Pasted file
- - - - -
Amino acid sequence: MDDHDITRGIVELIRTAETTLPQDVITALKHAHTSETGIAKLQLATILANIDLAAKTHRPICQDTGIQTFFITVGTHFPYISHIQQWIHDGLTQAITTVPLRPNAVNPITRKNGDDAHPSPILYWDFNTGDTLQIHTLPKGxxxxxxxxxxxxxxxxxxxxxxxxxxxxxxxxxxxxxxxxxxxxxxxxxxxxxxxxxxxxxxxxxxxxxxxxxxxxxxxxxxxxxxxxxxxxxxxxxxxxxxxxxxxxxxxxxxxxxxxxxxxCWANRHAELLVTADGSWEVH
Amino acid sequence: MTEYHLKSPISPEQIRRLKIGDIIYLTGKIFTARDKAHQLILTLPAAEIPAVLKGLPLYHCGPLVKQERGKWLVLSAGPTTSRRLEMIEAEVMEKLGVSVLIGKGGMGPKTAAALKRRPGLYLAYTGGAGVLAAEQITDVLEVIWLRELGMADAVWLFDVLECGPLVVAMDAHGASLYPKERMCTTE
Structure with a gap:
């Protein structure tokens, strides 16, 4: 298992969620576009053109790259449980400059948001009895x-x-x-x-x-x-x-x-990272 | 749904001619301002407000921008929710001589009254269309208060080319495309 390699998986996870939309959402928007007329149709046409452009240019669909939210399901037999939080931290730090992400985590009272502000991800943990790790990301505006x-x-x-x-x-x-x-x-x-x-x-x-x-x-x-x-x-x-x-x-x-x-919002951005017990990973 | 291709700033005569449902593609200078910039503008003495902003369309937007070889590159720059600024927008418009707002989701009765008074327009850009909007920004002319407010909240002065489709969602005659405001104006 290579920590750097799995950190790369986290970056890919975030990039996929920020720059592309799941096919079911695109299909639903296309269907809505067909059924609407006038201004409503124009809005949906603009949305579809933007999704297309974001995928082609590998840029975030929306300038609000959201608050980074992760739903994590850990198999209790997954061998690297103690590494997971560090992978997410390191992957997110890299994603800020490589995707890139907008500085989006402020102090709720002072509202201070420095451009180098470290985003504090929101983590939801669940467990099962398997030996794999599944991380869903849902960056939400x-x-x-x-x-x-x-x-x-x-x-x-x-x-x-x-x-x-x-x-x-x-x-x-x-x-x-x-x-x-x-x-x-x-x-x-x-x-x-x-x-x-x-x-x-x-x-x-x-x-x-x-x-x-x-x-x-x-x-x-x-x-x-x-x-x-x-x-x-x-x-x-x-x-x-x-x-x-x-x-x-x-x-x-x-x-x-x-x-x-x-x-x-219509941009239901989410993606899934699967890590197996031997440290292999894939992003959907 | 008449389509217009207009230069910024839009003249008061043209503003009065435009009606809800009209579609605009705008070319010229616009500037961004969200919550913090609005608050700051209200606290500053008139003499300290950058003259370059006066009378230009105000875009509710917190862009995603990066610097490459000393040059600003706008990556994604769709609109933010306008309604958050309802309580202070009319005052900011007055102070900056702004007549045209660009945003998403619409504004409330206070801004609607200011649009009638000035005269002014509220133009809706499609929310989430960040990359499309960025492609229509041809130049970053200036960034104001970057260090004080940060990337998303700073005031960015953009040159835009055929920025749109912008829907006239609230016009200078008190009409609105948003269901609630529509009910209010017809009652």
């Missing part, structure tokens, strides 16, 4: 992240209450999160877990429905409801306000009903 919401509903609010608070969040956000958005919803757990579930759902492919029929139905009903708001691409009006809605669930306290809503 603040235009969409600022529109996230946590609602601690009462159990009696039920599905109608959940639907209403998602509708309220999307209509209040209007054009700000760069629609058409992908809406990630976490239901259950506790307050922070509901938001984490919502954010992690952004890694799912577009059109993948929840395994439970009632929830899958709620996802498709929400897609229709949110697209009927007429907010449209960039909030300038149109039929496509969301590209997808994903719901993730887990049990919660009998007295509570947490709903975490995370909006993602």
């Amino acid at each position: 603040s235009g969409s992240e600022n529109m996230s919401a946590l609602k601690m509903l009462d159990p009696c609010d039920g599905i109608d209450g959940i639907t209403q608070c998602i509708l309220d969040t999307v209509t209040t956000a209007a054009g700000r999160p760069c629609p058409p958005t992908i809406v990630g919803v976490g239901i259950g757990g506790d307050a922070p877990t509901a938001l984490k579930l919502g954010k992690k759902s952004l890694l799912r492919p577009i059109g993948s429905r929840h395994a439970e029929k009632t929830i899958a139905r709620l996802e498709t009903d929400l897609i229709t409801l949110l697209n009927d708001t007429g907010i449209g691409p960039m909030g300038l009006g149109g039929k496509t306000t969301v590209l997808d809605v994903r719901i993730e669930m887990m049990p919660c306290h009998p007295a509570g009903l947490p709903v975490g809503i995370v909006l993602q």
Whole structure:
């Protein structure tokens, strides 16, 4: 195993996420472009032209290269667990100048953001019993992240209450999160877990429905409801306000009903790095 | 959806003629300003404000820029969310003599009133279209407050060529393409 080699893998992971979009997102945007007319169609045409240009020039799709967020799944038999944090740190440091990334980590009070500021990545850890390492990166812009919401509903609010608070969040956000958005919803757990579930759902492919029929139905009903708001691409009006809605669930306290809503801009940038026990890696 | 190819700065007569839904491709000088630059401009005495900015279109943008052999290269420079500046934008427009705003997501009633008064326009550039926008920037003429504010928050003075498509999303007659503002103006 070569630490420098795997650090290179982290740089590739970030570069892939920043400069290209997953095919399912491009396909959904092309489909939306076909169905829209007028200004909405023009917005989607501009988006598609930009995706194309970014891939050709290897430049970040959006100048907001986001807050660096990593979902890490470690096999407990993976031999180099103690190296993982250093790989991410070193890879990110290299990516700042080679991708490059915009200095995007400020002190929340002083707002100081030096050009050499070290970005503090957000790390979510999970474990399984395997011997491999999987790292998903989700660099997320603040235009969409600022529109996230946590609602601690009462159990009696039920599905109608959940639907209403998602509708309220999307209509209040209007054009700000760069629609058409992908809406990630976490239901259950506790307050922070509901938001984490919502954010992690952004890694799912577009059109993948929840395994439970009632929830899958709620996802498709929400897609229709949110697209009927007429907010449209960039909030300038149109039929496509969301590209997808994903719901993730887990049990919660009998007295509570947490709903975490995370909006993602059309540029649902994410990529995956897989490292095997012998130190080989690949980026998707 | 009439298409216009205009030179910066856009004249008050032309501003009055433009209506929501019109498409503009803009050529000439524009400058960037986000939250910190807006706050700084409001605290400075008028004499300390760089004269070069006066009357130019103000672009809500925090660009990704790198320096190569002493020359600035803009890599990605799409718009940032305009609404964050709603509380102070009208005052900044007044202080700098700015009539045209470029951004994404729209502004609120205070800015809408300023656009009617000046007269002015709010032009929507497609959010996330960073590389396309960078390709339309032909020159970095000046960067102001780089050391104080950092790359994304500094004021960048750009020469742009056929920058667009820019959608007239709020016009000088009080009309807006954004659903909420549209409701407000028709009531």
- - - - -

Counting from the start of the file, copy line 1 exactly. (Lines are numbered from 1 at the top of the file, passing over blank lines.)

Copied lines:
Amino acid sequence: MDDHDITRGIVELIRTAETTLPQDVITALKHAHTSETGIAKLQLATILANIDLAAKTHRPICQDTGIQTFFITVGTHFPYISHIQQWIHDGLTQAITTVPLRPNAVNPITRKNGDDAHPSPILYWDFNTGDTLQIHTLPKGxxxxxxxxxxxxxxxxxxxxxxxxxxxxxxxxxxxxxxxxxxxxxxxxxxxxxxxxxxxxxxxxxxxxxxxxxxxxxxxxxxxxxxxxxxxxxxxxxxxxxxxxxxxxxxxxxxxxxxxxxxxCWANRHAELLVTADGSWEVH